The sex workers said the worst kind of brutality they face are a gang and “corrective” rapes in addition to violence and non-paying clients.

One of the participants testified that he and a colleague were gang-raped by a group of nine men, claiming they wanted to fix them for being gay.

He said two of the men posed as clients and lured them to a residential flat in the CBD where they were sexually assaulted.

Another concern is that because of the stereotypes linked to their sexuality, they often are shunned at healthcare centres.

“We are exposed to sexually transmitted infections,” Phiri said.

“Most of us use pre-exposure prophylaxis (PrEP) to be free of HIV, but when we get to the clinic for our medication,  they make fun of us.

“As a result, most male sex workers shy away from seeking medical attention and they die.”

CITE also sought to find out from female sex workers how they were coping with this “invasion” of what has long been their terrain.

Praise Shone*, a 39-year-old commercial sex worker, who has been in the industry for 12 years now, said they were feeling the pinch from the competition.

“Business is generally low because of economic hardships, but sharing the few clients with men is only making it harder,” she lamented.

“They claim males are more fun than us.

“At times they come to us seeking assistance to be hooked up.

“They are shy to pick them on their own.”

Sihle said although it bothered them at first, they were now getting used to the idea that there were men who want to engage in male sex work.

“There’s nothing shocking anymore,” she said.

“Some of our former clients have permanently crossed over to the male side.

“What they termed experiments when they started have now become a habit and they are constantly coming back for more.”

Ruth Ngarande* said she did not fear being pushed out of business.

“What is certain is that same-sex service costs an arm and a leg and is usually afforded by well up people who pay well,” she said.

“We also face similar scenarios from our side where women solicit for same-sex services.

“It is amazing how women pay more than men.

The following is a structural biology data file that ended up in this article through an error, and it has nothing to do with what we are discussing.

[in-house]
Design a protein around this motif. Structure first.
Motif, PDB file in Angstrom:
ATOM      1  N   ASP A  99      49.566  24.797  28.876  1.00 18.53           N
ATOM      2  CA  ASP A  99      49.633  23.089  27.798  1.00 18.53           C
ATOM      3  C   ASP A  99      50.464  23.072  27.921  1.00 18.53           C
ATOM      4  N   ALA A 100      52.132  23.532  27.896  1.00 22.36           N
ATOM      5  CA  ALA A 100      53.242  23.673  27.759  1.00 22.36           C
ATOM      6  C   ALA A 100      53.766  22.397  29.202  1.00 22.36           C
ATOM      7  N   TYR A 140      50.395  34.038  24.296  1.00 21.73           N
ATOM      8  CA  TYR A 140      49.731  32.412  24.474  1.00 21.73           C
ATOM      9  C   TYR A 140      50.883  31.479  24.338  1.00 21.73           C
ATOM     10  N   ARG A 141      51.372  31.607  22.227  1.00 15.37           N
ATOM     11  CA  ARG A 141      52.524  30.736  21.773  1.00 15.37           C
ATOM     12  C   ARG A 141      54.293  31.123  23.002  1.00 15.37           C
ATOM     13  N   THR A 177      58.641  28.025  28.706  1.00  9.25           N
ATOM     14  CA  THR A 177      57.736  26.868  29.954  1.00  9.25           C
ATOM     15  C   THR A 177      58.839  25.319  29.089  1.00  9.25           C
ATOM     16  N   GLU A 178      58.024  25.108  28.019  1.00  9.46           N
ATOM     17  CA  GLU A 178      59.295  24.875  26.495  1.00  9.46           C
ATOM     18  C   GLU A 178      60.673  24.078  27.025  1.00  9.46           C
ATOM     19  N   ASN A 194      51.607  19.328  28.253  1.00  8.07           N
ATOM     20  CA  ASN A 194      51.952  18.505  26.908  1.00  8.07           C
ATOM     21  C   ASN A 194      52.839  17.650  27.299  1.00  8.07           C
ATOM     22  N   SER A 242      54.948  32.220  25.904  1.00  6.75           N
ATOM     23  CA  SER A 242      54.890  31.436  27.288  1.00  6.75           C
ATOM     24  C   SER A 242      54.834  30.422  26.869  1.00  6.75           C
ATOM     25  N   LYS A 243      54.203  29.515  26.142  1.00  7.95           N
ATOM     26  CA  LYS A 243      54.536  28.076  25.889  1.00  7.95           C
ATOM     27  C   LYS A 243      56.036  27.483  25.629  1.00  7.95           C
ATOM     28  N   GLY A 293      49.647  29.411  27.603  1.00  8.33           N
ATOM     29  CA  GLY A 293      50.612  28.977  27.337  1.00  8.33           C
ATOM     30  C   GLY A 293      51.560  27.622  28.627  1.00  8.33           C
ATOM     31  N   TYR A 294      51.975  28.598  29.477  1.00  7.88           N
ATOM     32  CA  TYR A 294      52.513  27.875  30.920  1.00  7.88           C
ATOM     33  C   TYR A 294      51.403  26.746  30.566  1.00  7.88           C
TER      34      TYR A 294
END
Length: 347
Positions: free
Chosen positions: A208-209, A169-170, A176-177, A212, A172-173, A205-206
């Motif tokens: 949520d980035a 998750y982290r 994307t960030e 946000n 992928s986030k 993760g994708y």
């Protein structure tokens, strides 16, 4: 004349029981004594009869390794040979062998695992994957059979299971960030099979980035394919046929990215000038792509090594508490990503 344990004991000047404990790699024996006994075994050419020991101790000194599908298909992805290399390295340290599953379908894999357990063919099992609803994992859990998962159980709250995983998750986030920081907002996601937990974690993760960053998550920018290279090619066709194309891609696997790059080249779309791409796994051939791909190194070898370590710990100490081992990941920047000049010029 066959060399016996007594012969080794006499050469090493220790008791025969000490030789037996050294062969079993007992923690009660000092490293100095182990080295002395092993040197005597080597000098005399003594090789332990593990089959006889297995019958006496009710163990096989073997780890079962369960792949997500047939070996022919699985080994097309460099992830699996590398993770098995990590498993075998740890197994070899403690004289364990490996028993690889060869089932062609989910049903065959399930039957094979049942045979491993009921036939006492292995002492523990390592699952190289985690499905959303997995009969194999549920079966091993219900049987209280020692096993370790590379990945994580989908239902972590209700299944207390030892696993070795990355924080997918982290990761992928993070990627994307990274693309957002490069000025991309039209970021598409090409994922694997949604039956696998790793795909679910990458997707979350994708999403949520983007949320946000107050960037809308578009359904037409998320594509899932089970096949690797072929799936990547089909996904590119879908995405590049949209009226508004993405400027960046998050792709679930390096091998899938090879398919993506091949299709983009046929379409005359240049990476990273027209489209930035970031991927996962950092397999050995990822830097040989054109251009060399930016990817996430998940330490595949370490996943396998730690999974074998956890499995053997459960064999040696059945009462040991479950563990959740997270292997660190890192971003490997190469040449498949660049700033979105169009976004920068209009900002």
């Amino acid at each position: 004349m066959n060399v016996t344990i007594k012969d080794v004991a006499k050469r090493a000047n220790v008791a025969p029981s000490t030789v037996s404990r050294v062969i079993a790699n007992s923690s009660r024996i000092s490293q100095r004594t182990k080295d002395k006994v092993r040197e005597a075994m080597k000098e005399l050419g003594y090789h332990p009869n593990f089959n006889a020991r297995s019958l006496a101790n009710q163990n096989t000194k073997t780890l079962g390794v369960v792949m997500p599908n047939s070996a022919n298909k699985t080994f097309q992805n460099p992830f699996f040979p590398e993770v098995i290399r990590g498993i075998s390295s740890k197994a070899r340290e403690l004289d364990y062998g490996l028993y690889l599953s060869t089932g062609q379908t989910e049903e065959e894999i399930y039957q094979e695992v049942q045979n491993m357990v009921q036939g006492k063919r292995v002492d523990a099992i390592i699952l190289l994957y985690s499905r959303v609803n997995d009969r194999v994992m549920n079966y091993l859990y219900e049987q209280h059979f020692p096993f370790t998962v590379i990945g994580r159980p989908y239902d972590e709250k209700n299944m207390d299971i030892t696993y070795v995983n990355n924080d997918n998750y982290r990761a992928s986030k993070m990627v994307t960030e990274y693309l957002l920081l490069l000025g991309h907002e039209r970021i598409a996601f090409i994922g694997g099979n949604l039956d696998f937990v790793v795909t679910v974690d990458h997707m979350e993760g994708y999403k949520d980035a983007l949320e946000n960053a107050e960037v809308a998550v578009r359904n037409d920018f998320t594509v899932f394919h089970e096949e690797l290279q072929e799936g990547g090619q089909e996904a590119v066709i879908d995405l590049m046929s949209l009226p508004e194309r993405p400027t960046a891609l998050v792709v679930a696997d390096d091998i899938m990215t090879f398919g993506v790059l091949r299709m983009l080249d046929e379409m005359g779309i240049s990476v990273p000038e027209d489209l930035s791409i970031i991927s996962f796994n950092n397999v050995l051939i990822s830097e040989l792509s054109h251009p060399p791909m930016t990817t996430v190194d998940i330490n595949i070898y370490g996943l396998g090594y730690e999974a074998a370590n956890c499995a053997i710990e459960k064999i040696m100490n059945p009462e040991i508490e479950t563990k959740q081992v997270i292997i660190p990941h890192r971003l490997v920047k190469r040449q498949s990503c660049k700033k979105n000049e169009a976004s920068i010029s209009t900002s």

“Maybe it’s because they are afraid we could expose them.”

The sex workers said in a bid to maintain their territories, they set up social clubs, where they get together with males to know who is who is the sex trade business.

A Bulawayo based non-governmental organisation, Sexual Rights Centre (SRC), confirmed that through its work it had noticed that a substantial number of men were involved in sex work in the city.

“We work closely with the sex workers both male and female. They come here at the centre where they meet up and discuss the challenges they face and share ideas on how to assist each other,” said an SRC official who requested to remain anonymous.

“Female sex workers have pointed out that a substantive number of their clients request to be hooked up with male sex workers.

“The male sex workers themselves as you heard through discussions point out they have quite a number of clients.

“There are also several instances where female clients request for female sex workers.”

The SRC has various platforms where it helps sex workers resolve conflicts, especially when they fight over territory and clients.

“We hold coffee mornings, solidarity circles and gentleman’s clubs,” the official added.

“Here they share the challenges they face and ways of overcoming them.

“These are also opportune platforms for new players in the industry to mix and mingle with those who have been there so they can learn the ropes.”

She said commercial sex workers, both male and female, faced many challenges including violence by clients and lack of access to health services.

“We have had about six murder cases since last year emanating from vicious clients. When we make reports, the police are less keen to come to our rescue,” the official added.

“Another major challenge is accessing adequate medication for the sex workers.

“The Ministry of Health accesses medication in the name of sex workers to cure them of sexually transmitted infections but when they get to the clinics, they are told there is no medication.

“We end up referring some of them to such institutions as PSI but they can only accommodate so much.”

She said male sex workers were the most affected as they were shunned by society and were stigmatised at health centres.

“We need to understand the society has reservations towards gay people and some still stigmatise HIV positive people,” the official said.

“Most of the male sex workers, when they fall sick, shy away from seeking treatment in fear of being discriminated.

“They only emerge when their condition has extremely deteriorated and there wouldn’t be much the centre can do at that stage.”

Homosexuality is frowned upon in Zimbabwe, but the laws are silent on gay relations.

Same-sex is considered immoral and is listed under Part III of the Criminal Law (Codification and Reform) Act Chapter 9:23.

The list of sex offences does not include homosexuality.

The only crime that pertains exclusively to homosexuality is sodomy, but the dictionary definition of sodomy is not exclusive to homosexuals.

In Zimbabwe, sodomy is only criminalised for men who have sex with men.

Laws criminalising homosexuality in Zimbabwe carry penalties of up to three years in jail, and police often arrest gays before setting them free without preferring any charges.